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Publisher: Dynamite
Writers: Brian Wood & Alex Cox
Artist: Hayden Sherman
Release Date: 8th February 2017


With John Carter: The End, Dynamite fast-forwards us 100 years into the future of Barsoom. The prospect of a story written by Brian Wood (DMZ) and Alex Cox (Adventure Time) is a tantalising one. And when you add to that mix artwork by Hayden Sherman (The Few), the likelihood of something truly interesting emerges.

Annexed on the moon of Titan, John and Dejah have long left Mars. They have chosen a life of solitude, mourning the death of their son several years past. Unknown to them in their exile, however, things have changed for the worse on Barsoom. A ruthless power now rules in Helium, and the planet is being ripped apart by war.

Tars Tarkus sends his kin to find John Carter to beseech his return as Warlord of Mars and to help end the conflict. In doing so, he exposes a secret John has kept from Dejah that could be the undoing of both of them. They have no choice but to return to Mars, where old wounds are re-opened as the fight for the planet reigns on.

As a fan of the series I was intrigued to find out what this story was. The pedigree of both the writing and art team had my attention, yet the first eight pages are entirely without dialogue. It’s an excellent piece of direction that helps immediately draw you into the story. It’s more of a reciprocation between authors and reader. You are forced to think about what is happening, rather than have the dialogue tell you. It’s more… interactive. An investment, if you will.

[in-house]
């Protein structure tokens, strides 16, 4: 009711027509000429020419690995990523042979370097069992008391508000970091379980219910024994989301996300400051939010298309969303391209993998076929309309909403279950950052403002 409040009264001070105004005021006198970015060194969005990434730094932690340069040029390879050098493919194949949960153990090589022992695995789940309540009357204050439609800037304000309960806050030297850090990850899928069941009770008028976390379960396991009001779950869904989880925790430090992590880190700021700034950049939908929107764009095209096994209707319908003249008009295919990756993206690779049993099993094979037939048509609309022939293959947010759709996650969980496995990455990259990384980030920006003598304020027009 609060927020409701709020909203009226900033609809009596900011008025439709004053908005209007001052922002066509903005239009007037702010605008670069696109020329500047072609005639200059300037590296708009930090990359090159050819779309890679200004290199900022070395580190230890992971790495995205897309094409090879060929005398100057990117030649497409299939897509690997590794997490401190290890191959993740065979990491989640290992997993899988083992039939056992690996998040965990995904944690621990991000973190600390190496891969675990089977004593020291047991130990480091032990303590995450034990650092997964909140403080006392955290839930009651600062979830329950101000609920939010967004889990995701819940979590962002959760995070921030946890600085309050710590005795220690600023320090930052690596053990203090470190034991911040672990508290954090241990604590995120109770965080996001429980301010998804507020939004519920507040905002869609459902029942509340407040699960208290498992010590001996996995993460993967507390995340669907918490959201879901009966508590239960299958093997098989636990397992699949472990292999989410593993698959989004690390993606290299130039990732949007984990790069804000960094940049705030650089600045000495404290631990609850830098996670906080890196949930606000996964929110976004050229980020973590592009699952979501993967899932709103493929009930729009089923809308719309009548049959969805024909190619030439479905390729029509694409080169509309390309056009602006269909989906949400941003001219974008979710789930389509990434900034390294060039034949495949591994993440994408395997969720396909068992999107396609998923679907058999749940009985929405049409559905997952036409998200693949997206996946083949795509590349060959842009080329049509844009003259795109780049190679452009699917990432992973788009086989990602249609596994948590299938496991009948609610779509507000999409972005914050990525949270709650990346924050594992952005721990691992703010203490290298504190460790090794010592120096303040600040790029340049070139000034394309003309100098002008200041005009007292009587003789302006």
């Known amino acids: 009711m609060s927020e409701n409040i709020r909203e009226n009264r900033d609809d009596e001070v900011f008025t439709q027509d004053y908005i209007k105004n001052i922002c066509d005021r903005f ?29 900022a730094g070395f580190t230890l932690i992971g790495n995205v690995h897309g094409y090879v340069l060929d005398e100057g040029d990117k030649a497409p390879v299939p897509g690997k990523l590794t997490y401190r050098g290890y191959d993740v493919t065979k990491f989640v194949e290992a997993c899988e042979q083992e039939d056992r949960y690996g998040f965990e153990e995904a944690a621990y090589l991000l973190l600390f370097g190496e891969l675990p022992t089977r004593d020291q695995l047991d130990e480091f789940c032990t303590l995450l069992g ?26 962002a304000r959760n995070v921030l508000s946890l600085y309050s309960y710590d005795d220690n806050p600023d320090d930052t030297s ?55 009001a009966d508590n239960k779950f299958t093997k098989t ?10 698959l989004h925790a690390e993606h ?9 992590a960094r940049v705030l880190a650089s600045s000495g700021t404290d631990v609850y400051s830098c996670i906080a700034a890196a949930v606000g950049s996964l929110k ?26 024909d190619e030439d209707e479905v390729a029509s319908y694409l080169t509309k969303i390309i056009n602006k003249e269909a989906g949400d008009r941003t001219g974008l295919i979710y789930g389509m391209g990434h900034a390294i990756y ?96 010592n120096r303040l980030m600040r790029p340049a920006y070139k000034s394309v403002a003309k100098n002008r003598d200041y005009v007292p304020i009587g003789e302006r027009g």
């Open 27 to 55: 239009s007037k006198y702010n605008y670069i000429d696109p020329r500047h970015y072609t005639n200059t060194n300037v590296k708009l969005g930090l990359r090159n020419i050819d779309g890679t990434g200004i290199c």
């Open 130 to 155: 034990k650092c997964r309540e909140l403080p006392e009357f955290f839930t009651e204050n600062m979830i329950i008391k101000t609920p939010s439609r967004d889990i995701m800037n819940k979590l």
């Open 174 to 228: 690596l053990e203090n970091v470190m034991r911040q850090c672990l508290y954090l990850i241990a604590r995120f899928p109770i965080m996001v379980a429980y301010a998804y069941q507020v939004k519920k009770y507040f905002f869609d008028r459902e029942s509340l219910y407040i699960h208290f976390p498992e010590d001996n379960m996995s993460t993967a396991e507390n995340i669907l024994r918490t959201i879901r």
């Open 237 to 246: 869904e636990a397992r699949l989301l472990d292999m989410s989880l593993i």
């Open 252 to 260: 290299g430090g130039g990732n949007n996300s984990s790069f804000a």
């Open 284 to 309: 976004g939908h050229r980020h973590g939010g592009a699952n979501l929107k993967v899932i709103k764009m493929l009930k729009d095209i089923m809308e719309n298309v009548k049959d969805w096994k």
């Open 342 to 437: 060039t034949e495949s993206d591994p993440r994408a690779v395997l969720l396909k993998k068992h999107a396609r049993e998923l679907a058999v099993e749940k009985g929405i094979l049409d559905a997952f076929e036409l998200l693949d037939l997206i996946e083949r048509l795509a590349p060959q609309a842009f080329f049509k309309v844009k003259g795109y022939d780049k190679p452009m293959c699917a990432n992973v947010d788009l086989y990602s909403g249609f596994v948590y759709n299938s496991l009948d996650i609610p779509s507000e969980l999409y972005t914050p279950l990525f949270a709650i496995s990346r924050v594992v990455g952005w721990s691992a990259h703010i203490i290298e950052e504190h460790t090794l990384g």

These first pages set the pace of the issue, something which doesn’t let up. It’s fast, but is not rushed (even if the issue feels a little short at 22 pages). The introduction is basic, uncomplicated, and lays a simple foundation for the story. Yet at the same time, there is still enough to suggest that things will get very interesting for John Carter of Virginia soon.

I’ve only recently stumbled across the art of Hayden Sherman, and I am already a fan. His unique style is well suited to the alien world of Barsoom. His signature intricate line elements are organic and freehand in approach which gives a curious play on proportion and detail. Add to this his use of various thicknesses of pens to emphasise the alien likeness of Mars and Titan and we have something very interesting indeed.

Working alongside Hayden on art is colourist Chris O’Halloran, who is doing a splendid job of keeping Titan feeling suitably exotic. His use of blues and greens as the backdrop on the landscape of the moon is effective – and kinda cool, if I’m honest. I loved the colours used in the space scene as the Green Martian ship travels from Titan to Barsoom. It’s a clever bit of interplay between both artists that caught my eye. In fact, there are a few frames of note such as this scattered through this issue.

I enjoyed this first issue of John Carter: The End. The story is simple and doesn’t try to be anything other than what it is. As a technical piece, the narration and the art are excellent.  Yet, something about it just stops short of being truly stellar. On my first read-through I was a bit disappointed at the length, but I get the feeling that this will not always be the case. There are signs of great potential here. Fans of the books will love this, and even if you aren’t familiar with the novels there’s definitely enough here to make you come back for more. I’ll be sticking with this one for sure.

Rating: 3.5/5.


PREVIEW ARTWORK
[Click to Enlarge]


13043453_10154167818863408_9180033184388957427_nThe writer of this piece was: Andrew McGlinn
Andrew Tweets from @Jockdoom.


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